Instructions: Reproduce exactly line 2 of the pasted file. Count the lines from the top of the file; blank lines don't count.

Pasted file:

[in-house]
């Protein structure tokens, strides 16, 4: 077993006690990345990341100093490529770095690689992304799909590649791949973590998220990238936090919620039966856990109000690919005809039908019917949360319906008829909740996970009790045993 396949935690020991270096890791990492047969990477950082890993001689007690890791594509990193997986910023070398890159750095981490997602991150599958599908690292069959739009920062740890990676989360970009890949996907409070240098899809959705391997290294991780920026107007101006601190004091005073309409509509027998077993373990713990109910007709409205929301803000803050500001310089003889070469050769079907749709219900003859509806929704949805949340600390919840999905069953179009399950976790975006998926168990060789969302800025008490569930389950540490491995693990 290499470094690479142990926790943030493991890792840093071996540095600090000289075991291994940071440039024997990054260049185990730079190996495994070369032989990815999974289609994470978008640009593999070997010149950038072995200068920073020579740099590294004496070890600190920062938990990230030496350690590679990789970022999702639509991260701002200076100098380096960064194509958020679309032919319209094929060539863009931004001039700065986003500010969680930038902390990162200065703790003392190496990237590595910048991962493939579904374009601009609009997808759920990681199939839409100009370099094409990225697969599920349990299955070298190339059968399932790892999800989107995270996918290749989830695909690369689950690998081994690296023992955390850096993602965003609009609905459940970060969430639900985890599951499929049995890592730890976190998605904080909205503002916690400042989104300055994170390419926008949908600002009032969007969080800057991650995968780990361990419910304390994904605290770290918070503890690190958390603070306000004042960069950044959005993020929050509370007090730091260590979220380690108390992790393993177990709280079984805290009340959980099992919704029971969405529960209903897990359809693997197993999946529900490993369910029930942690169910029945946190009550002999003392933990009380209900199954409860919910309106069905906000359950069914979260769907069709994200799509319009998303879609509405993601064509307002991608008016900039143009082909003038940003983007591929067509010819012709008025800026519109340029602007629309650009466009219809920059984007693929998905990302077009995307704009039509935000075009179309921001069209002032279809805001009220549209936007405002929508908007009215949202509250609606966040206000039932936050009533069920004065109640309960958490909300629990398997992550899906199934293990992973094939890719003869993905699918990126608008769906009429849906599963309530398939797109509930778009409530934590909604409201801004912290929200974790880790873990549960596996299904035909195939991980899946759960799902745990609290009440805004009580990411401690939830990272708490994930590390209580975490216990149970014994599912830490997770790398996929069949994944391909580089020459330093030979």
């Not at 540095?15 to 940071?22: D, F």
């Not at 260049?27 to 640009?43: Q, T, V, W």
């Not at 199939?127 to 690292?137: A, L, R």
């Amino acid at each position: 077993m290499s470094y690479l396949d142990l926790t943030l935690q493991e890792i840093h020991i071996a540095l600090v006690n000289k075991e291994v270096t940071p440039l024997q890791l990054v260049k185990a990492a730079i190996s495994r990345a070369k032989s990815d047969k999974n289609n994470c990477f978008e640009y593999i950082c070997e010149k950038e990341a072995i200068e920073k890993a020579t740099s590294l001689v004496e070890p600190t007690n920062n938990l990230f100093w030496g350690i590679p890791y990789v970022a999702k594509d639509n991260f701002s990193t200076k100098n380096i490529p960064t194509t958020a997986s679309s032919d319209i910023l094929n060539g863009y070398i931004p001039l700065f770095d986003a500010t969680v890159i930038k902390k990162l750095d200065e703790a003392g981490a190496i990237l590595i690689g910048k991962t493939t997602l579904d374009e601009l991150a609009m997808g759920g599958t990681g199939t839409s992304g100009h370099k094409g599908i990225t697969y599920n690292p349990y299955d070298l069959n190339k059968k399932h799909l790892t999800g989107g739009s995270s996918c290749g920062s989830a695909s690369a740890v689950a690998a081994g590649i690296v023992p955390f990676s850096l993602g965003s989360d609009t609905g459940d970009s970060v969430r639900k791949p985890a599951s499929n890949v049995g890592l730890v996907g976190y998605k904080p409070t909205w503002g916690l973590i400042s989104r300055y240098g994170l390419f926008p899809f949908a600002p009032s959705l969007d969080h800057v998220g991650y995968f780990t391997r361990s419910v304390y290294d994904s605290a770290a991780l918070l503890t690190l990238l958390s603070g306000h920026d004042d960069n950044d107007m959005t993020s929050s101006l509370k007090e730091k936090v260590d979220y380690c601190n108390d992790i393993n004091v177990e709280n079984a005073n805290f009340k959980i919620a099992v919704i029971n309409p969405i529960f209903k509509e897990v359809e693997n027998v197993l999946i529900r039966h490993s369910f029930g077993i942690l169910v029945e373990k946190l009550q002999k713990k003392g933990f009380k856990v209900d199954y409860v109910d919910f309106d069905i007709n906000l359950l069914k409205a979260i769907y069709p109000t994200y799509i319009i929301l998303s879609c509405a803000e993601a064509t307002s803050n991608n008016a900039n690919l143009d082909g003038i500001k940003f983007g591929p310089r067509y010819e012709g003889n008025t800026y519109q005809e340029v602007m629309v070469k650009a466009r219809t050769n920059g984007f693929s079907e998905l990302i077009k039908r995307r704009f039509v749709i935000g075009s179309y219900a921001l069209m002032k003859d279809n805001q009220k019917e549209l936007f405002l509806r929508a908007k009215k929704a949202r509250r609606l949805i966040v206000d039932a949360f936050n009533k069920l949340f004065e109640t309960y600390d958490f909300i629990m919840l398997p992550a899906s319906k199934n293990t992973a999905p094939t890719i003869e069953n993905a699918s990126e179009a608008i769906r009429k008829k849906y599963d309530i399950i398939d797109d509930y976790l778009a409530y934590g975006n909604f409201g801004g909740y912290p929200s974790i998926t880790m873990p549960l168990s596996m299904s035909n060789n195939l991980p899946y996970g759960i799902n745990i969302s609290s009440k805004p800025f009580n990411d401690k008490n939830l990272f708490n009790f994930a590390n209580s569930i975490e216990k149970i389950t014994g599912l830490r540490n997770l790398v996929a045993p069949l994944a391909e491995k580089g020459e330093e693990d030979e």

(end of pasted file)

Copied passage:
């Protein structure tokens, strides 16, 4: 077993006690990345990341100093490529770095690689992304799909590649791949973590998220990238936090919620039966856990109000690919005809039908019917949360319906008829909740996970009790045993 396949935690020991270096890791990492047969990477950082890993001689007690890791594509990193997986910023070398890159750095981490997602991150599958599908690292069959739009920062740890990676989360970009890949996907409070240098899809959705391997290294991780920026107007101006601190004091005073309409509509027998077993373990713990109910007709409205929301803000803050500001310089003889070469050769079907749709219900003859509806929704949805949340600390919840999905069953179009399950976790975006998926168990060789969302800025008490569930389950540490491995693990 290499470094690479142990926790943030493991890792840093071996540095600090000289075991291994940071440039024997990054260049185990730079190996495994070369032989990815999974289609994470978008640009593999070997010149950038072995200068920073020579740099590294004496070890600190920062938990990230030496350690590679990789970022999702639509991260701002200076100098380096960064194509958020679309032919319209094929060539863009931004001039700065986003500010969680930038902390990162200065703790003392190496990237590595910048991962493939579904374009601009609009997808759920990681199939839409100009370099094409990225697969599920349990299955070298190339059968399932790892999800989107995270996918290749989830695909690369689950690998081994690296023992955390850096993602965003609009609905459940970060969430639900985890599951499929049995890592730890976190998605904080909205503002916690400042989104300055994170390419926008949908600002009032969007969080800057991650995968780990361990419910304390994904605290770290918070503890690190958390603070306000004042960069950044959005993020929050509370007090730091260590979220380690108390992790393993177990709280079984805290009340959980099992919704029971969405529960209903897990359809693997197993999946529900490993369910029930942690169910029945946190009550002999003392933990009380209900199954409860919910309106069905906000359950069914979260769907069709994200799509319009998303879609509405993601064509307002991608008016900039143009082909003038940003983007591929067509010819012709008025800026519109340029602007629309650009466009219809920059984007693929998905990302077009995307704009039509935000075009179309921001069209002032279809805001009220549209936007405002929508908007009215949202509250609606966040206000039932936050009533069920004065109640309960958490909300629990398997992550899906199934293990992973094939890719003869993905699918990126608008769906009429849906599963309530398939797109509930778009409530934590909604409201801004912290929200974790880790873990549960596996299904035909195939991980899946759960799902745990609290009440805004009580990411401690939830990272708490994930590390209580975490216990149970014994599912830490997770790398996929069949994944391909580089020459330093030979």